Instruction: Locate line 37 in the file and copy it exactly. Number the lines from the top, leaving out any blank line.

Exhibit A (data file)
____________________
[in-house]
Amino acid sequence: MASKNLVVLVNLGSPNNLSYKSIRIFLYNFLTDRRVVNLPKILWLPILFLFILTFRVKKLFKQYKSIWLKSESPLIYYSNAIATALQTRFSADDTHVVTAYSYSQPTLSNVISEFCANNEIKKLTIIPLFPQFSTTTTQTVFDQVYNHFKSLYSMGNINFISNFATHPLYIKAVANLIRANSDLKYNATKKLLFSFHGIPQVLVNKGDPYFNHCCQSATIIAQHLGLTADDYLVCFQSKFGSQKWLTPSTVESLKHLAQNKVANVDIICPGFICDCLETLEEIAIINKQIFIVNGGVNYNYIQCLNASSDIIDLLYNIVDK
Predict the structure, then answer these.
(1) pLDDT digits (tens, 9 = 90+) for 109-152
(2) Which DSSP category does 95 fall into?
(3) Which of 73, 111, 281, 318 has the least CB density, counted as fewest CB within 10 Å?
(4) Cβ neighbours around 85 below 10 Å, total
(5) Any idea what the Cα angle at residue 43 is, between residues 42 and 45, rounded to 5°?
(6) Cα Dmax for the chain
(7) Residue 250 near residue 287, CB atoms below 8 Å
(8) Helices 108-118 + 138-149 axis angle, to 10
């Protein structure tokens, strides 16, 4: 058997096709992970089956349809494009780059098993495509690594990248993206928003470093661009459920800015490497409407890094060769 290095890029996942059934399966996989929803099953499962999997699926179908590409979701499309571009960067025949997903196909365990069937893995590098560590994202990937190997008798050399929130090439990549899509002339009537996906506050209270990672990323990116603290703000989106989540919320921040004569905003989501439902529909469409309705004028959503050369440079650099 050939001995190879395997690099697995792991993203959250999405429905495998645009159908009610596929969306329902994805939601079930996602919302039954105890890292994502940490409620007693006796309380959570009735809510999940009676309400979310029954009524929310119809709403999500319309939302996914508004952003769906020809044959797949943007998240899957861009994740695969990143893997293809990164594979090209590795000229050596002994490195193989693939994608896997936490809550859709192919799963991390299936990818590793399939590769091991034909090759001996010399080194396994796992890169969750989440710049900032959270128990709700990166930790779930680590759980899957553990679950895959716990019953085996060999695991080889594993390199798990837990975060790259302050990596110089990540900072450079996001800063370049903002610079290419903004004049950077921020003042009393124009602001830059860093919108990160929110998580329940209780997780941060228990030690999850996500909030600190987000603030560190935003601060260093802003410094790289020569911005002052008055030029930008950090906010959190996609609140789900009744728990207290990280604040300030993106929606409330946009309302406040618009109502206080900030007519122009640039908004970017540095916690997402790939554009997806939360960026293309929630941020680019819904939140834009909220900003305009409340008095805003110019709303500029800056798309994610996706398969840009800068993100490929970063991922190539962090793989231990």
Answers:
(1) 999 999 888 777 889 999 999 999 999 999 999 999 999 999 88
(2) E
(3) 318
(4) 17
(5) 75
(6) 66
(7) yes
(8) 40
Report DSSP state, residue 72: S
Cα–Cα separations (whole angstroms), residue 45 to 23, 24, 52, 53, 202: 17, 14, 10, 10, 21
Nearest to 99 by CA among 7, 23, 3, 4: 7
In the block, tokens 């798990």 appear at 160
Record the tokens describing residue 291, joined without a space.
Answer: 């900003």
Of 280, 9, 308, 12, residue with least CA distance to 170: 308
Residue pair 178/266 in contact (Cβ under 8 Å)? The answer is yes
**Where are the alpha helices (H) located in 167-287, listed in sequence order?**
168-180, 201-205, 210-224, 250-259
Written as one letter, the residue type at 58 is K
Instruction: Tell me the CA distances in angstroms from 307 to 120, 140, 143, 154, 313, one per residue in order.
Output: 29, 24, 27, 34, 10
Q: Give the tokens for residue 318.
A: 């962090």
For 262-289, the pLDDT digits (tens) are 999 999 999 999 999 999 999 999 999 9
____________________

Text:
For 262-289, the pLDDT digits (tens) are 999 999 999 999 999 999 999 999 999 9